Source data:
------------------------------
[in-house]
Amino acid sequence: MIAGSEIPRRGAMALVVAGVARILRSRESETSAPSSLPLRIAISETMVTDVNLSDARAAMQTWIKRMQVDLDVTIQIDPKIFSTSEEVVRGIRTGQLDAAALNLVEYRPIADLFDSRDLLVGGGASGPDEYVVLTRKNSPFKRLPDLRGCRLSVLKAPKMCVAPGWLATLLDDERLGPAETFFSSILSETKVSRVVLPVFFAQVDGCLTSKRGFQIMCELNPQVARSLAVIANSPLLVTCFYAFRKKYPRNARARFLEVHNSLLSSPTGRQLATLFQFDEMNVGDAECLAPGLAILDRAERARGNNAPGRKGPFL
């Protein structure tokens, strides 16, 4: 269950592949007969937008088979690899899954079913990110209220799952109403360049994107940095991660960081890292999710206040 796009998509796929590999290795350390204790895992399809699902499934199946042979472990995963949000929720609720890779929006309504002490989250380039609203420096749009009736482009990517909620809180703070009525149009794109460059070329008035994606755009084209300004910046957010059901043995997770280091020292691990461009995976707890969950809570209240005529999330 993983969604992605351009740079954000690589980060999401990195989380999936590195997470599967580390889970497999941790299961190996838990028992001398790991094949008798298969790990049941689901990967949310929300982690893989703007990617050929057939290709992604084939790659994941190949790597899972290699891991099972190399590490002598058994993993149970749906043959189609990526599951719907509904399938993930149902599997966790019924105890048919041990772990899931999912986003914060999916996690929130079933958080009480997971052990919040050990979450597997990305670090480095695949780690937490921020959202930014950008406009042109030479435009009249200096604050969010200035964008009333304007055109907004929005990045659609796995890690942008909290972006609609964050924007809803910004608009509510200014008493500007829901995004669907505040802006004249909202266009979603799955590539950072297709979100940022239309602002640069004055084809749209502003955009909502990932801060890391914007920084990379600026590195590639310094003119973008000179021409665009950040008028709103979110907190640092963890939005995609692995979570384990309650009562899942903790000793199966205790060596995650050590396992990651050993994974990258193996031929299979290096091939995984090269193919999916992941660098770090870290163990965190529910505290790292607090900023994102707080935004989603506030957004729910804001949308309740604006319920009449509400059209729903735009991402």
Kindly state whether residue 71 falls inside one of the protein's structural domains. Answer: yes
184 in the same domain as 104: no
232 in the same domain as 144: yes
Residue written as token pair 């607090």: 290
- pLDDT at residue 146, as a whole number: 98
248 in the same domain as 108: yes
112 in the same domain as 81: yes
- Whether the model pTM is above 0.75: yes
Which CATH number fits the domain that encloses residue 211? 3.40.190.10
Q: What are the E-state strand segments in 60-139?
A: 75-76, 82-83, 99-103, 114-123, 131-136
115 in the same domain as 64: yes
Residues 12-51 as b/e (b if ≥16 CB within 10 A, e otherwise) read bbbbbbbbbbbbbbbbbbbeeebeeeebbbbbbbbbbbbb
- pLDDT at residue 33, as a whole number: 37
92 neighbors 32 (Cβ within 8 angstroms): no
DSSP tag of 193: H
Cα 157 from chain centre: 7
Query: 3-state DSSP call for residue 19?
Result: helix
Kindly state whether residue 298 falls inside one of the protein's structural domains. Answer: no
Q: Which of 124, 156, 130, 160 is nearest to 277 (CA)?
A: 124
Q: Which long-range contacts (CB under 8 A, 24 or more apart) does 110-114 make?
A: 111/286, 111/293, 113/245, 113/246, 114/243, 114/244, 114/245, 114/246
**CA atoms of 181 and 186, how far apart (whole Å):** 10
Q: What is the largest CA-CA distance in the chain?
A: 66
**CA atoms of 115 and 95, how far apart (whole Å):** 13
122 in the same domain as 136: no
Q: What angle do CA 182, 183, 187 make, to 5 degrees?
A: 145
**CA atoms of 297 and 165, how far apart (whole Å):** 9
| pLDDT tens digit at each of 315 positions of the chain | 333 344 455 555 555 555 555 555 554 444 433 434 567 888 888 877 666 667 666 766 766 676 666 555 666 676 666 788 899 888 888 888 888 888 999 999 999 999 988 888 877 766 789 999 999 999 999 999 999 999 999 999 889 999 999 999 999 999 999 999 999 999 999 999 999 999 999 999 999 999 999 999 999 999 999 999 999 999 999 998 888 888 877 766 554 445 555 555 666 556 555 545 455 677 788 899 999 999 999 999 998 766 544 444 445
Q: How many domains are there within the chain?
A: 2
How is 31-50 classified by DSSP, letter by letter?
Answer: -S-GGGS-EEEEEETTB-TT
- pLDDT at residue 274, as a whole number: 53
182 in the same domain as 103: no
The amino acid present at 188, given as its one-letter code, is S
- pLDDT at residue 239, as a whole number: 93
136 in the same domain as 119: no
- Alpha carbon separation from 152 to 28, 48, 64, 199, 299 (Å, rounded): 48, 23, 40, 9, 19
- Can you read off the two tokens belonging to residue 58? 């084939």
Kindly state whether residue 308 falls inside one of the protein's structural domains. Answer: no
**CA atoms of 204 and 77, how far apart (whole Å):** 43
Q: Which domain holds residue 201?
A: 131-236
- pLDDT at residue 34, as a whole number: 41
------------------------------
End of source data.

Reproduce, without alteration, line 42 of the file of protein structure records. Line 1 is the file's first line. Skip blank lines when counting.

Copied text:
182 in the same domain as 103: no